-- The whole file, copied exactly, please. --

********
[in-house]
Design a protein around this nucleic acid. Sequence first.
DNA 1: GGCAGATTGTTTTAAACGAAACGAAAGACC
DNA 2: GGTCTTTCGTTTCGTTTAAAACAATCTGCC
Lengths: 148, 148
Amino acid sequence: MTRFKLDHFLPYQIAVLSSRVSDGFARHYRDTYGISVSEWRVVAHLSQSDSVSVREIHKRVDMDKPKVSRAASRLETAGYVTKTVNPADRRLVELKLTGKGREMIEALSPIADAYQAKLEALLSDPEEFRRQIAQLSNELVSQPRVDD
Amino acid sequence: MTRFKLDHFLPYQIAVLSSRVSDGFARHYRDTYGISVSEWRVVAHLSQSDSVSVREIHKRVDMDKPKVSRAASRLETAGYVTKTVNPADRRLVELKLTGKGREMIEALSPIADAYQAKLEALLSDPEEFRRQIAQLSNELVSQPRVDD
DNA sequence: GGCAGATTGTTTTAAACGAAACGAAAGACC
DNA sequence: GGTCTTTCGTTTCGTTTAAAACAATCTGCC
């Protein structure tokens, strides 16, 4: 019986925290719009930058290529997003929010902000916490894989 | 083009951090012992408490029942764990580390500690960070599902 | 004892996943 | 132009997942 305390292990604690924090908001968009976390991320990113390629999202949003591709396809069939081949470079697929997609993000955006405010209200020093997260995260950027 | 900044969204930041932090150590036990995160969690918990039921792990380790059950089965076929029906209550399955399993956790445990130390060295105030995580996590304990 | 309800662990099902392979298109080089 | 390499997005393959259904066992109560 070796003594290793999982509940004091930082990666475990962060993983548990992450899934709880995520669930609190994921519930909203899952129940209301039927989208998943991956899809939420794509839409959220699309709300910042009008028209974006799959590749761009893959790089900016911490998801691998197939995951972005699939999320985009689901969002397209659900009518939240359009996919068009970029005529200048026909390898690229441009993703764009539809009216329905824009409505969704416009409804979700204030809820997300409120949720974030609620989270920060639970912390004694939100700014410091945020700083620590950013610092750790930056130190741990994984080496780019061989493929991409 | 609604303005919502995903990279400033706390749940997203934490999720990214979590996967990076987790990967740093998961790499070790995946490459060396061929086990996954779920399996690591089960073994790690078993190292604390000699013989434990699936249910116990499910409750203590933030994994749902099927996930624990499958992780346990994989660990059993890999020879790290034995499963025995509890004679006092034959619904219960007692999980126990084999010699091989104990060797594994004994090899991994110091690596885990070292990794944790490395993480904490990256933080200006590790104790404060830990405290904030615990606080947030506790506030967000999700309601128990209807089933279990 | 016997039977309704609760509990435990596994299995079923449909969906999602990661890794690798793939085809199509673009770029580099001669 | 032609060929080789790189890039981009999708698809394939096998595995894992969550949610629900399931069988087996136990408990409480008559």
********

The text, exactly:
[in-house]
Design a protein around this nucleic acid. Sequence first.
DNA 1: GGCAGATTGTTTTAAACGAAACGAAAGACC
DNA 2: GGTCTTTCGTTTCGTTTAAAACAATCTGCC
Lengths: 148, 148
Amino acid sequence: MTRFKLDHFLPYQIAVLSSRVSDGFARHYRDTYGISVSEWRVVAHLSQSDSVSVREIHKRVDMDKPKVSRAASRLETAGYVTKTVNPADRRLVELKLTGKGREMIEALSPIADAYQAKLEALLSDPEEFRRQIAQLSNELVSQPRVDD
Amino acid sequence: MTRFKLDHFLPYQIAVLSSRVSDGFARHYRDTYGISVSEWRVVAHLSQSDSVSVREIHKRVDMDKPKVSRAASRLETAGYVTKTVNPADRRLVELKLTGKGREMIEALSPIADAYQAKLEALLSDPEEFRRQIAQLSNELVSQPRVDD
DNA sequence: GGCAGATTGTTTTAAACGAAACGAAAGACC
DNA sequence: GGTCTTTCGTTTCGTTTAAAACAATCTGCC
């Protein structure tokens, strides 16, 4: 019986925290719009930058290529997003929010902000916490894989 | 083009951090012992408490029942764990580390500690960070599902 | 004892996943 | 132009997942 305390292990604690924090908001968009976390991320990113390629999202949003591709396809069939081949470079697929997609993000955006405010209200020093997260995260950027 | 900044969204930041932090150590036990995160969690918990039921792990380790059950089965076929029906209550399955399993956790445990130390060295105030995580996590304990 | 309800662990099902392979298109080089 | 390499997005393959259904066992109560 070796003594290793999982509940004091930082990666475990962060993983548990992450899934709880995520669930609190994921519930909203899952129940209301039927989208998943991956899809939420794509839409959220699309709300910042009008028209974006799959590749761009893959790089900016911490998801691998197939995951972005699939999320985009689901969002397209659900009518939240359009996919068009970029005529200048026909390898690229441009993703764009539809009216329905824009409505969704416009409804979700204030809820997300409120949720974030609620989270920060639970912390004694939100700014410091945020700083620590950013610092750790930056130190741990994984080496780019061989493929991409 | 609604303005919502995903990279400033706390749940997203934490999720990214979590996967990076987790990967740093998961790499070790995946490459060396061929086990996954779920399996690591089960073994790690078993190292604390000699013989434990699936249910116990499910409750203590933030994994749902099927996930624990499958992780346990994989660990059993890999020879790290034995499963025995509890004679006092034959619904219960007692999980126990084999010699091989104990060797594994004994090899991994110091690596885990070292990794944790490395993480904490990256933080200006590790104790404060830990405290904030615990606080947030506790506030967000999700309601128990209807089933279990 | 016997039977309704609760509990435990596994299995079923449909969906999602990661890794690798793939085809199509673009770029580099001669 | 032609060929080789790189890039981009999708698809394939096998595995894992969550949610629900399931069988087996136990408990409480008559």